Painting at the End of the world is an organisation dedicated to showing the best in emerging contemporary painting and art practice. Currently based in Edinburgh in the United Kingdom, this free floating curatorial project is engaging with painters from across the world via solo, duo and group shows in a variety of locations. The organisation does not represent individual artists, but seeks to act as a critical platform.
This launch show, sets out some of the concerns of the organisation, primarily in terms of the dichotomy between abstraction and representation, analogue and its post.
The Exhibition Painting Inside the Matrix: Code and its Others, acts as a way to highlight the specific turn in what is broadly described as abstract painting, towards a new engagement with forms of representation and mimesis. This first exhibition also attempts to locate the potential cultural drivers of this recent shift in contemporary paintings trajectory, by examining notions of the real and reality prevalent in neoliberal capitalism. This selection of work by painters Lucas Dupuy, Helen Baker, Charley Peters, Playpaint and Aaron Scheer represents the broad approach to painting out and thinking through the current ideological systems of control and hopefully sounds out a clear ontological position for contemporary painting that the organisation will take forward in discussion and future exhibitions.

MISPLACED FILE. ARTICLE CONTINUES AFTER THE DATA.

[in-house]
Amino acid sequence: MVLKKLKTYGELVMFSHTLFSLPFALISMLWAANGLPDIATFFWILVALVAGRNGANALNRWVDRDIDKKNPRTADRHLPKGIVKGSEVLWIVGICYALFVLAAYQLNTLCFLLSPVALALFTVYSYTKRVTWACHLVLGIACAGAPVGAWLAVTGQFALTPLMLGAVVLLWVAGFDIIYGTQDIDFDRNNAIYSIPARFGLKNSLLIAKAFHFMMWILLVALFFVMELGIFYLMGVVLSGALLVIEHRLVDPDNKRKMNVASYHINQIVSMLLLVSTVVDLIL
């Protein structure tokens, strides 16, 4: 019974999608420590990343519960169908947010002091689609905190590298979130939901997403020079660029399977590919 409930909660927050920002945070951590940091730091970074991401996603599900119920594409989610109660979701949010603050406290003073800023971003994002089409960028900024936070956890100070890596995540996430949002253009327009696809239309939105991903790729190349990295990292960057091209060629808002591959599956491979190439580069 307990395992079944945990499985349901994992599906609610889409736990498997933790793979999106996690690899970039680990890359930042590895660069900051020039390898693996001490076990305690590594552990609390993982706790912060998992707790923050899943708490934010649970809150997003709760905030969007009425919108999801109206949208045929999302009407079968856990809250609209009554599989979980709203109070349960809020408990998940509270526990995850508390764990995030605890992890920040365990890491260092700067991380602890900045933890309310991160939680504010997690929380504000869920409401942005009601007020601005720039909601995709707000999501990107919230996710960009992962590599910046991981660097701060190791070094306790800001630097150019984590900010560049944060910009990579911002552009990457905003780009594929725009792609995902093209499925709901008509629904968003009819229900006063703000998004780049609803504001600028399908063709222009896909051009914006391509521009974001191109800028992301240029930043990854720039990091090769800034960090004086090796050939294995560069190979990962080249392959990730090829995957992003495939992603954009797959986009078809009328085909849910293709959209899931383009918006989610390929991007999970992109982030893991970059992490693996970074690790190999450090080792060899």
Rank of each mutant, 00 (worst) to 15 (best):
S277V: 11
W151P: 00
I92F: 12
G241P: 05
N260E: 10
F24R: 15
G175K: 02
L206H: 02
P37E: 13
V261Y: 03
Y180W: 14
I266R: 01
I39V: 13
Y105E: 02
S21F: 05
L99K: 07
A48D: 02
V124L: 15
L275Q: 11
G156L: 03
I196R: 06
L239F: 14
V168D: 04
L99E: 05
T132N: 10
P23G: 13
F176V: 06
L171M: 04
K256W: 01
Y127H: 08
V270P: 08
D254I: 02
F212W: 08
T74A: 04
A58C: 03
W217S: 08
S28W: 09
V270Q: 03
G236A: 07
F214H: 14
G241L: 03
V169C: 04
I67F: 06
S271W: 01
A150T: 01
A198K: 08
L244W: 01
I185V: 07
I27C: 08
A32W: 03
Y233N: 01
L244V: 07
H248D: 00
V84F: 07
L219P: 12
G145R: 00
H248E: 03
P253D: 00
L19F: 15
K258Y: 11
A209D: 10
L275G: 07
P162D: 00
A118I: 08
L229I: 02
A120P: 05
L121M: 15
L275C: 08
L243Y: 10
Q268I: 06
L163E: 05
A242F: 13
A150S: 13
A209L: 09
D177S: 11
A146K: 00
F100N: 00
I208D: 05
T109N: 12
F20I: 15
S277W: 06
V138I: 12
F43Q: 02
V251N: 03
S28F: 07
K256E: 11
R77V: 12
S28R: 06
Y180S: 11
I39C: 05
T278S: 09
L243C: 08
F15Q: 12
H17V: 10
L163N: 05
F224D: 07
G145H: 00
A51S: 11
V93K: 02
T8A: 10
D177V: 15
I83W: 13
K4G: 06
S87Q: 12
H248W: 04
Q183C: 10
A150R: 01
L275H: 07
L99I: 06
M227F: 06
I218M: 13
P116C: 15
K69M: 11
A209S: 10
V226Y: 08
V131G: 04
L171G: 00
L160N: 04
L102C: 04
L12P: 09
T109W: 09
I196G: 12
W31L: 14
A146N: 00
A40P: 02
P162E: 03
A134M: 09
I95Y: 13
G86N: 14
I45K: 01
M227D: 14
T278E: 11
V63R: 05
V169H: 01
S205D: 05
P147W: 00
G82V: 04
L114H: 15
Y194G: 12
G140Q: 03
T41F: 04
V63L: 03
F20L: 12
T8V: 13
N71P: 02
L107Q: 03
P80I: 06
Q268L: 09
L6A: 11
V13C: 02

The title – Painting Inside the Matrix: Code and its Others – does of course have a nod to the 1999 Sci-Fi blockbuster film directed by the Wachowskis. The title auto suggests that somehow perhaps, painters are asleep in a pod in a dystopian future, whilst their minds are at large elsewhere in a reality matrix, not of their own making. You might say that apart from the pod bit, largely that is a statement we can identify with elements of, but first, we might have to discuss notions of the dystopic, the real and reality.
It is certain that our current day to day, our existence in fact, is largely out of our hands. A system of reality has evolved over the last millennia, that locks us firmly in place, as labour providers, as batteries, for an economically driven ideology machine, that strives for endless amounts of consumption and profit. The film titled the Matrix, was already a mediation on the work of Jean Baudrillard and his thoughts on the real, simulacra and simulation. The title of this exhibition seeks to place the paintings being produced today, as the crucible for a discourse on the nature of the varying contemporary realities of its makers, within the bigger system reality. The control matrix set out both here and in the movie, is of course one of our own making, ours, being the collective that is the current human race.